The Puntland State of Somalia was established in 1998 under two primary underlining reasons. First it was to be a buffer and a survival mechanism from the mayhem and the anarchy that was engulfing south-central Somalia following the collapse of the Siyad Barre regime. The second underlining reason was to become the catalyst for a new prosperous and stable Somalia. The establishment of Puntland, therefore, was in essence, a temporary endeavor intended solely to provide temporary shelter for its residents during the civil war and to play a lead role for the rebirth of the Somali state.
Laudable as these goals were, one can argue that they very much run its course. With the exception of the Sool region, Puntland remained largely intact, relatively peaceful and somewhat shielded from most of the civil strife that befell much of its brethren in the south. With respect to re-establishing national government, Somalia now has an internationally recognized albeit weak central government. Puntland and its people contributed significant blood and treasure towards this new system of government and it’s their duty to protect and preserve it.
Twenty years after the inaugural convention that established Puntland, Puntland is at crossroads again. A new election is upon us and there’s a feverish joggling and competition for seats in parliament. Over a dozen wannabe presidents have thrown their hat in the proverbial ring. Rallies and large gatherings are held every day by candidates each claiming to be the best among them. However, I am yet to hear someone who thus far articulated or attempted to define a new more permanent and sustainable Puntland first project.
It is therefore extremely important that the next leader of Puntland charts a new bold vision to not only sustain the gains from the past twenty years but to revive and redefine an entirely new Puntland social construct. One that has a meaning of existence beyond the original goals of its establishment and can inspire next generation a reason to live, love and invest in Puntland. A Puntland that can serve as a role model for a robust federal system in Somalia where the idea is not to weaken our nationhood or create identity and loyalty crisis among our people but where people recognize the idea of accountability, peaceful coexistence, and a healthy competition while at the same time safeguarding that which unites us all, Somalinimo.
It is with this bold and strong vision that Puntland can once again play a major role in countering against the narrative emanating from those hell-bent on reversing the gains of the past ten years and return the clock back to a dark history of dictatorship and strongman.
The chaos in Baidoa over the last few weeks and the lack of direction coming from Villa Somalia are strong indications that Somalia hasn’t fully learned meaningful lessons from its recent past. The trauma of the civil war and the disintegration of the Somali state are not fantasies that only exist in the imagination of few non-patriotic individuals as some would want you to believe. There are real grievances and injustices that have occurred and will continue to occur if we are not honest about ourselves. Successive regimes in Mogadishu have used their newfound power to undermine, if not totally eviscerate Puntland and the entire federal system. Instead of leading genuine reconciliation efforts, implementing meaningful reforms, and expanding the rule of law, our national leaders are busy in sowing discord and undermine the nascent federal member states.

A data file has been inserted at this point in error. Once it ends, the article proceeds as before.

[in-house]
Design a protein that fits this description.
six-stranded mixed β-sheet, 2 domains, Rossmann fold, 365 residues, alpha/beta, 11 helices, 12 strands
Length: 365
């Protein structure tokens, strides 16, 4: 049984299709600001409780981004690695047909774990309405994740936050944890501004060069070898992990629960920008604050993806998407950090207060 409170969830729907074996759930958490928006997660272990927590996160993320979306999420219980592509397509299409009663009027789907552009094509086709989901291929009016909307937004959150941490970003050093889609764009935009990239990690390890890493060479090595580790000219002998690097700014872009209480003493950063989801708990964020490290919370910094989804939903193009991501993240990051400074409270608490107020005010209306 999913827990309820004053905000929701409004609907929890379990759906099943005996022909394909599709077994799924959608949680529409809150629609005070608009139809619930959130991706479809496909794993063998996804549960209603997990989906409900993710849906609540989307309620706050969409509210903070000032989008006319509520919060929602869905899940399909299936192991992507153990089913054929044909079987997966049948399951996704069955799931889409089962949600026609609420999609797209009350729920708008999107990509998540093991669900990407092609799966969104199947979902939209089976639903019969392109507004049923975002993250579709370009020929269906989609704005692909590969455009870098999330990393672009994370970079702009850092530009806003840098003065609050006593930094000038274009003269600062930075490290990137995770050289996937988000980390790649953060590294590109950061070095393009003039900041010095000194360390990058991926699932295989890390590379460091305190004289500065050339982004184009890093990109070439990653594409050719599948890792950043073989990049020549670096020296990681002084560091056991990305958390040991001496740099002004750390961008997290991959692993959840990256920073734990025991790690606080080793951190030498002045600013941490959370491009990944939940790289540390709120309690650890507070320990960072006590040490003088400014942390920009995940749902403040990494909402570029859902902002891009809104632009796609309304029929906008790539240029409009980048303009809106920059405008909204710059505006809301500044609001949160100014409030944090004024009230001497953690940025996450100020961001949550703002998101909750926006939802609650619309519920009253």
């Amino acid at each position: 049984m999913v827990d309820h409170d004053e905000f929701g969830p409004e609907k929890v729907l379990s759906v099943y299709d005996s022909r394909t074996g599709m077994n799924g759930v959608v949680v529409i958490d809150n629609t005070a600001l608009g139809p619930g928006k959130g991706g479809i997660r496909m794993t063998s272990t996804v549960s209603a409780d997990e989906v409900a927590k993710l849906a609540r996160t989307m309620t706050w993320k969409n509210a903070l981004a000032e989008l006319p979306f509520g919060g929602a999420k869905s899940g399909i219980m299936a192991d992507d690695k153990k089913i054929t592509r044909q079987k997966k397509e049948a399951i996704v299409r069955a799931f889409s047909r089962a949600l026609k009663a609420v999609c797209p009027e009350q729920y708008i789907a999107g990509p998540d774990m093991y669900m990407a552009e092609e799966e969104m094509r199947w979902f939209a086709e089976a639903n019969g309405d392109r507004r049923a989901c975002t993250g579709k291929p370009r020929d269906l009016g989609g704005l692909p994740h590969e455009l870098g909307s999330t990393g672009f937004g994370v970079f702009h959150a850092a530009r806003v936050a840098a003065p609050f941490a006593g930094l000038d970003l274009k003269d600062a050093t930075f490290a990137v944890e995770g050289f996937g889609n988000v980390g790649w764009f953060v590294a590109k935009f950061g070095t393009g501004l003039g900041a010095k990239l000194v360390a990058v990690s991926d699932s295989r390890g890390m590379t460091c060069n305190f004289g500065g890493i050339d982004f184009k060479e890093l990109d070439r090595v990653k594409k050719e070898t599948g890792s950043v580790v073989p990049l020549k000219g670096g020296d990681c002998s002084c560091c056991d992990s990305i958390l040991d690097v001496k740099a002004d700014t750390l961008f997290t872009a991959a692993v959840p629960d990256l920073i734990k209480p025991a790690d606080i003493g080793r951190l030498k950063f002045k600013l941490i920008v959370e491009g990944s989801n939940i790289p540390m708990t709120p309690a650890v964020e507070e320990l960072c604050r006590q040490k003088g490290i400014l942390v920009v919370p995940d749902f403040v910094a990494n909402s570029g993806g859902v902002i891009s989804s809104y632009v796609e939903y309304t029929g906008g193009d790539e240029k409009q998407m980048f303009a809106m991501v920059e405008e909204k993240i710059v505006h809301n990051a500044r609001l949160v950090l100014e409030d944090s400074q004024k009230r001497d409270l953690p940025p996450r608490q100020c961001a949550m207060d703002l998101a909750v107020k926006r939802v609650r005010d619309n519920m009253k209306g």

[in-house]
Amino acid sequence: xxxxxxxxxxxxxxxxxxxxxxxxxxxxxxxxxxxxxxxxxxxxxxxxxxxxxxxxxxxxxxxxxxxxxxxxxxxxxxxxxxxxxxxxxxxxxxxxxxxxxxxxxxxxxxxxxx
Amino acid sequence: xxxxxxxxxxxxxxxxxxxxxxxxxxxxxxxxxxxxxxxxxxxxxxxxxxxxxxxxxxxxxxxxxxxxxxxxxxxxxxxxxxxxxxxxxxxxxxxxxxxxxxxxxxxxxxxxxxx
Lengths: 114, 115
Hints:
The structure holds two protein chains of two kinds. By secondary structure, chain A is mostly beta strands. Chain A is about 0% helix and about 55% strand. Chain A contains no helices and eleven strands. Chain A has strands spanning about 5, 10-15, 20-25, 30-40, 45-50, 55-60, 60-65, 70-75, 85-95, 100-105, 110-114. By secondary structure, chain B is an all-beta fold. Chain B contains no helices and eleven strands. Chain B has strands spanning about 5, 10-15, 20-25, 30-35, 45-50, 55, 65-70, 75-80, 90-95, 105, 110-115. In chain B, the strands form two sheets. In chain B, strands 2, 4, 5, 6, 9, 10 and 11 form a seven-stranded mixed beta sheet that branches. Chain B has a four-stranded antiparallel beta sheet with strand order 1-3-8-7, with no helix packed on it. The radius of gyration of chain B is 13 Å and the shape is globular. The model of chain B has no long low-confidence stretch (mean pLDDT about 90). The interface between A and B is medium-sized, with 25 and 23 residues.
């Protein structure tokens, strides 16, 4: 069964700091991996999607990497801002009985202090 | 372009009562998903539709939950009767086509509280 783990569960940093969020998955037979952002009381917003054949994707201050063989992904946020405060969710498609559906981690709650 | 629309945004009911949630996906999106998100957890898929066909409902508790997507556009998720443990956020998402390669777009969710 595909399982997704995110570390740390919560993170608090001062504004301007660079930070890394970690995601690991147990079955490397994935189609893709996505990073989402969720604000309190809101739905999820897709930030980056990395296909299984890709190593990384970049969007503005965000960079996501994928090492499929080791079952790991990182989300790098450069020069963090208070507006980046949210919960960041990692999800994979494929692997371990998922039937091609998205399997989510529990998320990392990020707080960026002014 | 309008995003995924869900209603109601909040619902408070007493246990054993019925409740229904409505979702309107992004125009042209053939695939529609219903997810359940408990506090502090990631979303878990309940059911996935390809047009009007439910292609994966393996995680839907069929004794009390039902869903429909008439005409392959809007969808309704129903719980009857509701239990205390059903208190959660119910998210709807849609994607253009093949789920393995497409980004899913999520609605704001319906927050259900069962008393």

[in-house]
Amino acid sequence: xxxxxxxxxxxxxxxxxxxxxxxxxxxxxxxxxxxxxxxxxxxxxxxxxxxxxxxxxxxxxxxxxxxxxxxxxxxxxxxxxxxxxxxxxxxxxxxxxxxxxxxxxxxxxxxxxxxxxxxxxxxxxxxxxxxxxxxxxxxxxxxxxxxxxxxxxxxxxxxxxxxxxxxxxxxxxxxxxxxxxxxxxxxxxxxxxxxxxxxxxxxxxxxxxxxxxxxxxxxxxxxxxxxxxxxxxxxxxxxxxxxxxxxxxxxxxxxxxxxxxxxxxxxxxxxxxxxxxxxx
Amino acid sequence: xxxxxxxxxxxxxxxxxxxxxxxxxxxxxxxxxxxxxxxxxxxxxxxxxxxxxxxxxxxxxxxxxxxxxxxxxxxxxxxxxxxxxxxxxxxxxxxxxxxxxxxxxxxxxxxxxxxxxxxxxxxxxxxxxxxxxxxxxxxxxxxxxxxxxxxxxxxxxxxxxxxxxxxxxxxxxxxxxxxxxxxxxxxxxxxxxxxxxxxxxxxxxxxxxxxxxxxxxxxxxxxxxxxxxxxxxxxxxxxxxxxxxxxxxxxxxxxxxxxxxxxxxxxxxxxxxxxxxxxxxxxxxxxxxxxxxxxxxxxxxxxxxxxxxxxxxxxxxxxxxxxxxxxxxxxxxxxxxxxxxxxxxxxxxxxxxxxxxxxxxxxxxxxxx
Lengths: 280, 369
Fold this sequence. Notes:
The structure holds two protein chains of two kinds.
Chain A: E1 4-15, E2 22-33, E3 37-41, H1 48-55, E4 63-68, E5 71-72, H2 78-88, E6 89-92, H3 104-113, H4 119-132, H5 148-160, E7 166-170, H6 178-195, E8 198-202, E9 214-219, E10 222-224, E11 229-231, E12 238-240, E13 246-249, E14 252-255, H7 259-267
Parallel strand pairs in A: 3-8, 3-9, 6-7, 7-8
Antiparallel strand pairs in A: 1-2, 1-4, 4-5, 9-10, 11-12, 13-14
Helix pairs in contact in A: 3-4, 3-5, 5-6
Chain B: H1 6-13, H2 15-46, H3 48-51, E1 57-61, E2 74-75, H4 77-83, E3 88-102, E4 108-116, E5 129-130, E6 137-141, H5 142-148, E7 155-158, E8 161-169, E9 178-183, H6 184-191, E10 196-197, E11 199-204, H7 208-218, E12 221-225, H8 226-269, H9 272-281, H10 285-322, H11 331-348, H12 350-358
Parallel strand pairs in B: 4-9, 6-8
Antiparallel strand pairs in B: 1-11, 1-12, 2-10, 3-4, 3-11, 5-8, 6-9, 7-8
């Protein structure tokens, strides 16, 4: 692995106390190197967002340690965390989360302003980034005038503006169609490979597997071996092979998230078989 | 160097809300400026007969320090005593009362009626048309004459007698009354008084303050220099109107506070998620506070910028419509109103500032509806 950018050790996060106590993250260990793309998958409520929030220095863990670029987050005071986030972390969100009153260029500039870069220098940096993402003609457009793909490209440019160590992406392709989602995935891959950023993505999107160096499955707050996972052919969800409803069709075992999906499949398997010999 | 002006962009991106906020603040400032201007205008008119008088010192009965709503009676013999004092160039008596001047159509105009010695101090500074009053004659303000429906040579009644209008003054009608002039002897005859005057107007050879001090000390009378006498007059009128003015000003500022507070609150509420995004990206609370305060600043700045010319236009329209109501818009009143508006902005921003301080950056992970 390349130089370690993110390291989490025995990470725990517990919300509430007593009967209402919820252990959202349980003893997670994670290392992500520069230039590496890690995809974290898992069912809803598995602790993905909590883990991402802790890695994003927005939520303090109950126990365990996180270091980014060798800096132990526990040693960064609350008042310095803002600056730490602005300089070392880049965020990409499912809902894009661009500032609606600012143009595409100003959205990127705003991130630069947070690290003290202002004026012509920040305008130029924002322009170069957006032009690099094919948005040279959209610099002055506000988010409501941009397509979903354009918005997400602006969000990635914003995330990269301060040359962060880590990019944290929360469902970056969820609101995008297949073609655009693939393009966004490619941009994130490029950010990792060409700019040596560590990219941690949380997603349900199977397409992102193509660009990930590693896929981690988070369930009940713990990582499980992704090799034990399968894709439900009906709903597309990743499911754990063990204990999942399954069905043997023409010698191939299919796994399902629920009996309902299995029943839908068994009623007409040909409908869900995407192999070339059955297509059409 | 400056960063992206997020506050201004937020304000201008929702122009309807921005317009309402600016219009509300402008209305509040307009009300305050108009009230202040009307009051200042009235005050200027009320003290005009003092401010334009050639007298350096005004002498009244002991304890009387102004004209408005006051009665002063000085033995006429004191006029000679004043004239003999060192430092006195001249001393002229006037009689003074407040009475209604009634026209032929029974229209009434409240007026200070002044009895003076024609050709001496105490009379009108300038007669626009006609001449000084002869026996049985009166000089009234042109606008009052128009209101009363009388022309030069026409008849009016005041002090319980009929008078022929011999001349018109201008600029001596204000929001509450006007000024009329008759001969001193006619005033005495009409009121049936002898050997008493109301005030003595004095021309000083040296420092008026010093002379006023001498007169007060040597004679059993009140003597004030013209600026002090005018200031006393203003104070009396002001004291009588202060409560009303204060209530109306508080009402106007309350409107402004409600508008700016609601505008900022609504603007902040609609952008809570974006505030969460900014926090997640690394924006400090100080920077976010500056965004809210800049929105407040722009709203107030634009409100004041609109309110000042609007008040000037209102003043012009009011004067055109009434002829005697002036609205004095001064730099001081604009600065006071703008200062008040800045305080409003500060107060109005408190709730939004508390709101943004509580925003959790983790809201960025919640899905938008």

It is only with a strong and vibrant Puntland that the federal system can withstand the assaults from the ideologues that want to keep tight grip on power. Puntland is once again in a uniquely strong position to protect the delicate arrangements that brought the warring functions together to form a new state. Puntland’s next leader should chart a new path that can instill a sense of pride and optimism amongst its people and the nation as whole. A path that can maintain the integrity of the nation while at the same time serving as a counterpunch to the destructive behavior of few elites in Mogadishu.
The next leader must also swiftly implement the long overdue democratic reforms and institution building. It is outrage and impressing that Puntland gets on the verge of collapse every election cycle because no leader dared to implement democratic reforms, political parties, independent judiciary and end the questionable and unfair sub-clan based representation.
If we want to be an example for the rest of the country, if we want to fill the leadership void in Mogadishu, if we want to instill a confidence and sense of optimism for the future, we have to start at home. Whoever wins as Puntland’s next leader in January faces many daunting challenges. But no challenge is unsurmountable and we need to choose a leader that can offer strong vision to guarantee the future success of both Puntland and Somalia as whole.
By Ahmed Abdirahman